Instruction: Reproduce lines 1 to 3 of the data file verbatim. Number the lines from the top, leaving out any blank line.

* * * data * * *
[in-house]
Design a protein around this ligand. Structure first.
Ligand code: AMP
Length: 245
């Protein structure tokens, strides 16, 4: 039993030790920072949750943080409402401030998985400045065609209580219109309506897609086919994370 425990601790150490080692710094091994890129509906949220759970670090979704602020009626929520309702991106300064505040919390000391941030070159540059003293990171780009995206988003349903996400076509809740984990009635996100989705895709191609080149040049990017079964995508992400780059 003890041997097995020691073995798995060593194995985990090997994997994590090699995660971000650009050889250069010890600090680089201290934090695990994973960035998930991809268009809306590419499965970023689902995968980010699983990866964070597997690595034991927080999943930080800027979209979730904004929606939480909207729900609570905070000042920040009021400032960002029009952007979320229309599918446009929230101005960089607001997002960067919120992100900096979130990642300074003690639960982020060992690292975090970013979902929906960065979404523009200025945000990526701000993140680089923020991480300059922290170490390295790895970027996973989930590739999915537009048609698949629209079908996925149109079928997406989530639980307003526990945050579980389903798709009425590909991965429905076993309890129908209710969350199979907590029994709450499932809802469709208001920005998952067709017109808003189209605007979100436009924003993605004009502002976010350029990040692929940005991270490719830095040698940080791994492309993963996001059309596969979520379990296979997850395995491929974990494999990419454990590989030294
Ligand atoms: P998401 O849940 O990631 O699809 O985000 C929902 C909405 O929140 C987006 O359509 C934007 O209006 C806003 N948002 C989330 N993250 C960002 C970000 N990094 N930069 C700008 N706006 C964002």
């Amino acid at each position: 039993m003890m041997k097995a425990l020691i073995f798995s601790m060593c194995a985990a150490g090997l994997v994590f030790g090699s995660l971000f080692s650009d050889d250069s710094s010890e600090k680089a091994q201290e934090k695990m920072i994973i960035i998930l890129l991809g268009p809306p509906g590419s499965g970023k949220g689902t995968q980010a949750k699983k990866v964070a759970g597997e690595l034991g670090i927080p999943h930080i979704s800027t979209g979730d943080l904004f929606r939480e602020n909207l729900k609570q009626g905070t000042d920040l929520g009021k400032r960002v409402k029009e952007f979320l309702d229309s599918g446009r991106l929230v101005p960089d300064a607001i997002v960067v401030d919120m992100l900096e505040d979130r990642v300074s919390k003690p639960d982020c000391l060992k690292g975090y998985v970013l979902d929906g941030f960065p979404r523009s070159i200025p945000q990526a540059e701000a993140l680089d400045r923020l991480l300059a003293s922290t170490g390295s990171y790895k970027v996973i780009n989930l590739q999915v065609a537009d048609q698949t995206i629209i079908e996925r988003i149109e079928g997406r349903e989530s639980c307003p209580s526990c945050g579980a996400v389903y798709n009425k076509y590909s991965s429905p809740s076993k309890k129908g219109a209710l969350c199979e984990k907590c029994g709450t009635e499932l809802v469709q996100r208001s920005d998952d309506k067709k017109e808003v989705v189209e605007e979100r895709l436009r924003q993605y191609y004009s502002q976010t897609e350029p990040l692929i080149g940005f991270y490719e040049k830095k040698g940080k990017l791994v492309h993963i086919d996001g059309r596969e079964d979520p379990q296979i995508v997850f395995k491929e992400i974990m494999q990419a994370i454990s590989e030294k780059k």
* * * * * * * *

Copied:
[in-house]
Design a protein around this ligand. Structure first.
Ligand code: AMP